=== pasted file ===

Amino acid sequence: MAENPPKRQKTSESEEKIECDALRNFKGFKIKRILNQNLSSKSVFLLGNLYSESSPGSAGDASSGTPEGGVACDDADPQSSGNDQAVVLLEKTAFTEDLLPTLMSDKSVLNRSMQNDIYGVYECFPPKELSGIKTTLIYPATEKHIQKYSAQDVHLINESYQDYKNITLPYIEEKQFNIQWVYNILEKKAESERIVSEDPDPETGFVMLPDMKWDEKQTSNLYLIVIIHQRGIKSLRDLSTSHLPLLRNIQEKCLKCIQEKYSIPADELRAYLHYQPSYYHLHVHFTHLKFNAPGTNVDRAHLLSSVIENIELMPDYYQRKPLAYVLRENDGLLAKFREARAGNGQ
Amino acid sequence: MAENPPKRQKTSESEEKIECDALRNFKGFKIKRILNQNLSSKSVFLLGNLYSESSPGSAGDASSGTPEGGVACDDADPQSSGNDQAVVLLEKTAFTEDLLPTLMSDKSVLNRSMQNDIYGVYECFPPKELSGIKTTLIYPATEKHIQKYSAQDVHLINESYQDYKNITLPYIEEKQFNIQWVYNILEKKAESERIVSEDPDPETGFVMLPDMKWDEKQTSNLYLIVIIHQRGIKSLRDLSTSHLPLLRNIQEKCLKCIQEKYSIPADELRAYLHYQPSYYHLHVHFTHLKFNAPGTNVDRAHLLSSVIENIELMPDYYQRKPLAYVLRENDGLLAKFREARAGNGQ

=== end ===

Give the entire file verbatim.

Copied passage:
Amino acid sequence: MAENPPKRQKTSESEEKIECDALRNFKGFKIKRILNQNLSSKSVFLLGNLYSESSPGSAGDASSGTPEGGVACDDADPQSSGNDQAVVLLEKTAFTEDLLPTLMSDKSVLNRSMQNDIYGVYECFPPKELSGIKTTLIYPATEKHIQKYSAQDVHLINESYQDYKNITLPYIEEKQFNIQWVYNILEKKAESERIVSEDPDPETGFVMLPDMKWDEKQTSNLYLIVIIHQRGIKSLRDLSTSHLPLLRNIQEKCLKCIQEKYSIPADELRAYLHYQPSYYHLHVHFTHLKFNAPGTNVDRAHLLSSVIENIELMPDYYQRKPLAYVLRENDGLLAKFREARAGNGQ
Amino acid sequence: MAENPPKRQKTSESEEKIECDALRNFKGFKIKRILNQNLSSKSVFLLGNLYSESSPGSAGDASSGTPEGGVACDDADPQSSGNDQAVVLLEKTAFTEDLLPTLMSDKSVLNRSMQNDIYGVYECFPPKELSGIKTTLIYPATEKHIQKYSAQDVHLINESYQDYKNITLPYIEEKQFNIQWVYNILEKKAESERIVSEDPDPETGFVMLPDMKWDEKQTSNLYLIVIIHQRGIKSLRDLSTSHLPLLRNIQEKCLKCIQEKYSIPADELRAYLHYQPSYYHLHVHFTHLKFNAPGTNVDRAHLLSSVIENIELMPDYYQRKPLAYVLRENDGLLAKFREARAGNGQ